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Modi, Trump in West Asia call

The leaders discussed ways to further strengthen the US-India strategic partnership in 2020
Indian prime minister Narendra Modi and American President Donald Trump during one of their meetings in Washington DC
Indian prime minister Narendra Modi and American President Donald Trump during one of their meetings in Washington DC
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Our Special Correspondent   |   New Delhi   |   Published 07.01.20, 07:58 PM

Prime Minister Narendra Modi and US President Donald Trump discussed the situation in West Asia late on Monday night in the wake of senior Iranian military commander Qassem Soleimani’s killing in an American drone strike last week.

The White House readout on the conversation — according to reports in the US media — said: “Today, President Donald J. Trump spoke with Prime Minister Narendra Modi of India to exchange New Year’s greetings. The leaders discussed ways to further strengthen the United States-India strategic partnership in 2020, and they also reviewed the regional security matters.”

The conversation was preceded by a telephonic engagement of foreign minister S. Jaishankar with secretary of state Mike Pompeo on Sunday.

Prior to his conversation with Pompeo, Jaishankar had called up his Iranian counterpart Javad Zarif, the first contact New Delhi had with either capital since tensions escalated following Soleimani’s killing on Friday morning.

The Indian readout on the Trump-Modi conversation did not mention regional security matters, dwelling instead on the bilateral relationship that came up during the discussion. “The Prime Minister stated that India-US relations, which are built on trust, mutual respect and understanding, have grown from strength to strength,” it said.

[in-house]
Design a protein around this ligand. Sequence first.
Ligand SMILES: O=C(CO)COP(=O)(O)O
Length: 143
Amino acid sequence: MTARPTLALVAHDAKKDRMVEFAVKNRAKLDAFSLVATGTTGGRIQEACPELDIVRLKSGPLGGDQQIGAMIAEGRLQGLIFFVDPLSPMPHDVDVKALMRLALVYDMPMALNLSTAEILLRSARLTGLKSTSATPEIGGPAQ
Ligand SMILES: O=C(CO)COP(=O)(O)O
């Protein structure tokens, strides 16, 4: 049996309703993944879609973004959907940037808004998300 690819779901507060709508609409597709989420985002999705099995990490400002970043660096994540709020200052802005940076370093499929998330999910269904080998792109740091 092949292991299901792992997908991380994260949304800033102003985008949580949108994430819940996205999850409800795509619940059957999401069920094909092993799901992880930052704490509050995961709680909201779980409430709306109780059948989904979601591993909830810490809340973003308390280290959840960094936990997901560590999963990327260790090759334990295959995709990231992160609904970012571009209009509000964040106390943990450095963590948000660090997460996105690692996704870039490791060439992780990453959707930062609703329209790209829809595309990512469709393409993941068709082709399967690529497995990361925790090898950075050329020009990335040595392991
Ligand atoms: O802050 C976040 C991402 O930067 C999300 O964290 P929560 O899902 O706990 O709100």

“The Prime Minister highlighted the significant progress made in deepening the Strategic Partnership between the two countries in the previous year and expressed his desire to continue to work with President Trump for enhancing cooperation in all areas of mutual interest.”

India and the US do not see eye to eye on Iran. Although India stopped importing oil from Iran last month under threat of US sanctions, the two nations have civilisational ties.

and New Delhi continues to view Tehran as an ally in the extended neighbourhood. Also, for India, Pakistan is the source of all terror and not Iran.

New Delhi had advocated restraint after the air strike that killed Soleimani, keen to ensure that the situation did not escalate as that would not only impact oil prices at a time the economy is in slowdown but would also have an adverse effect on the livelihoods of the large number of Indians working in the Gulf.



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